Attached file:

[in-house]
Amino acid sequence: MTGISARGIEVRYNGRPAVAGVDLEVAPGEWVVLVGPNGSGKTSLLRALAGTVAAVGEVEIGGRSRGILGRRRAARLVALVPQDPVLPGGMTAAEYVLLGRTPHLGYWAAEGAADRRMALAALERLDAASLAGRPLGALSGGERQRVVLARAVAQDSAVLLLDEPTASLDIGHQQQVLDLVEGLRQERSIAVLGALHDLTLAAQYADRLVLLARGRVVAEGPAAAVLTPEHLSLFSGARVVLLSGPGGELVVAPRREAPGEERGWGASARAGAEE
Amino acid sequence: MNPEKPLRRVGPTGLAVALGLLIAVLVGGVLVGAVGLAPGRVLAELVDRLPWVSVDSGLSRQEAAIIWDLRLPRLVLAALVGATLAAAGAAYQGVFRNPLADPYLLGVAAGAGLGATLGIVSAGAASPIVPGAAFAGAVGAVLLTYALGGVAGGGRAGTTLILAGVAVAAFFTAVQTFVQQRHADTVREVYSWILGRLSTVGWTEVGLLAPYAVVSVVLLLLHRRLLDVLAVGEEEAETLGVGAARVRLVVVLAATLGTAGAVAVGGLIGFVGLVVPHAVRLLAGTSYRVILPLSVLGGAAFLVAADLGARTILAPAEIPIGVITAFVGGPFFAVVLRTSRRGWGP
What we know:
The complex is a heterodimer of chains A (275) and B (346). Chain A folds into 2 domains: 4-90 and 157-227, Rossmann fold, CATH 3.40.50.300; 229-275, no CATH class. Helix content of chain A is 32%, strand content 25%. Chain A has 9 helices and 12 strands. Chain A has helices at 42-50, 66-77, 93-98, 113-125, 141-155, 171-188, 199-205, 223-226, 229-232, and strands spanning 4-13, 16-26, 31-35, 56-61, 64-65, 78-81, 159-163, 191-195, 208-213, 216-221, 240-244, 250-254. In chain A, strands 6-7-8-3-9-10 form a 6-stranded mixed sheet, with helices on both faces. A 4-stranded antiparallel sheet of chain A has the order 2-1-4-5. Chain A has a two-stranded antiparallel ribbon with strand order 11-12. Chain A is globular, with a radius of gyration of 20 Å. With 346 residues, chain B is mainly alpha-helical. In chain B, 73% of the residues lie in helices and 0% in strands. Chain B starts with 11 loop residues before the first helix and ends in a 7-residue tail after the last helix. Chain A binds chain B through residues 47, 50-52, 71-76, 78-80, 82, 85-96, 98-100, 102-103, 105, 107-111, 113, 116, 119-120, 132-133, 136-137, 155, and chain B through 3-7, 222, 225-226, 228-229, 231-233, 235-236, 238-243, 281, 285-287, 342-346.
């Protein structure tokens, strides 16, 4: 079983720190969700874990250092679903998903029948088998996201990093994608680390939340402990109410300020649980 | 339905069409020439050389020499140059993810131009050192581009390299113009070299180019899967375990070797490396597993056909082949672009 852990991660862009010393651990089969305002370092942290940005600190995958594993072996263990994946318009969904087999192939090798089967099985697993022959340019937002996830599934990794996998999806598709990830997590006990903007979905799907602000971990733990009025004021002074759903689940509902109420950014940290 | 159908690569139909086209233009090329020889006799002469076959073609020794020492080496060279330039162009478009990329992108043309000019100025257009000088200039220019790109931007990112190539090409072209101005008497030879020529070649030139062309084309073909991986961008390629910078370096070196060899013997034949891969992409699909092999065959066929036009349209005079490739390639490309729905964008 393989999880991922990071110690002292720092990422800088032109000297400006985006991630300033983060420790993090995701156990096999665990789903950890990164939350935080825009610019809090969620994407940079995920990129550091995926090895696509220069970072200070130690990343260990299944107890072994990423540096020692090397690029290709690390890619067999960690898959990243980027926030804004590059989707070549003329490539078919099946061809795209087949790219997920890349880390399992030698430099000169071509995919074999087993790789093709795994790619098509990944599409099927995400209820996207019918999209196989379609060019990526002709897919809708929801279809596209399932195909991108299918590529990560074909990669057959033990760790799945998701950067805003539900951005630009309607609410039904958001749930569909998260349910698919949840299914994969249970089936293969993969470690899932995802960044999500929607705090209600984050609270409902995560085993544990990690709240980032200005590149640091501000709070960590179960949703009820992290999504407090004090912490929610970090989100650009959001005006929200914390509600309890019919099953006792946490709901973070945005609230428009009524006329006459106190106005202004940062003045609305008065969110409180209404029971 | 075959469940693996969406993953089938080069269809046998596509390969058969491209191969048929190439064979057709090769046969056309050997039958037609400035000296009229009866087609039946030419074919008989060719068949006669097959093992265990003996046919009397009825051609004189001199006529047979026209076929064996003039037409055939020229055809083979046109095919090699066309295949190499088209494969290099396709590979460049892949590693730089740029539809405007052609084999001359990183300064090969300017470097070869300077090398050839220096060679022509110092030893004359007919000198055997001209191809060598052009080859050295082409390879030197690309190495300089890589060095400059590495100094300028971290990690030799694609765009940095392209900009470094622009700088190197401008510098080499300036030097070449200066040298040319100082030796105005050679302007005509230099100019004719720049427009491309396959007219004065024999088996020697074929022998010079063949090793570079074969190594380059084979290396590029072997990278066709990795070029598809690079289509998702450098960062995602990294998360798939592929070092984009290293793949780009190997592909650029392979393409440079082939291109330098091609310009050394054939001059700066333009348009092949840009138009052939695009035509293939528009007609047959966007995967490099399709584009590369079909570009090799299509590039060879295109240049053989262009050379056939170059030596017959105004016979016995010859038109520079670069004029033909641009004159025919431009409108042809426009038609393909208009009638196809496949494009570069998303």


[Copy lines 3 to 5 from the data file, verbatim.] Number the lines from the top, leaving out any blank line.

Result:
Amino acid sequence: MNPEKPLRRVGPTGLAVALGLLIAVLVGGVLVGAVGLAPGRVLAELVDRLPWVSVDSGLSRQEAAIIWDLRLPRLVLAALVGATLAAAGAAYQGVFRNPLADPYLLGVAAGAGLGATLGIVSAGAASPIVPGAAFAGAVGAVLLTYALGGVAGGGRAGTTLILAGVAVAAFFTAVQTFVQQRHADTVREVYSWILGRLSTVGWTEVGLLAPYAVVSVVLLLLHRRLLDVLAVGEEEAETLGVGAARVRLVVVLAATLGTAGAVAVGGLIGFVGLVVPHAVRLLAGTSYRVILPLSVLGGAAFLVAADLGARTILAPAEIPIGVITAFVGGPFFAVVLRTSRRGWGP
What we know:
The complex is a heterodimer of chains A (275) and B (346). Chain A folds into 2 domains: 4-90 and 157-227, Rossmann fold, CATH 3.40.50.300; 229-275, no CATH class. Helix content of chain A is 32%, strand content 25%. Chain A has 9 helices and 12 strands. Chain A has helices at 42-50, 66-77, 93-98, 113-125, 141-155, 171-188, 199-205, 223-226, 229-232, and strands spanning 4-13, 16-26, 31-35, 56-61, 64-65, 78-81, 159-163, 191-195, 208-213, 216-221, 240-244, 250-254. In chain A, strands 6-7-8-3-9-10 form a 6-stranded mixed sheet, with helices on both faces. A 4-stranded antiparallel sheet of chain A has the order 2-1-4-5. Chain A has a two-stranded antiparallel ribbon with strand order 11-12. Chain A is globular, with a radius of gyration of 20 Å. With 346 residues, chain B is mainly alpha-helical. In chain B, 73% of the residues lie in helices and 0% in strands. Chain B starts with 11 loop residues before the first helix and ends in a 7-residue tail after the last helix. Chain A binds chain B through residues 47, 50-52, 71-76, 78-80, 82, 85-96, 98-100, 102-103, 105, 107-111, 113, 116, 119-120, 132-133, 136-137, 155, and chain B through 3-7, 222, 225-226, 228-229, 231-233, 235-236, 238-243, 281, 285-287, 342-346.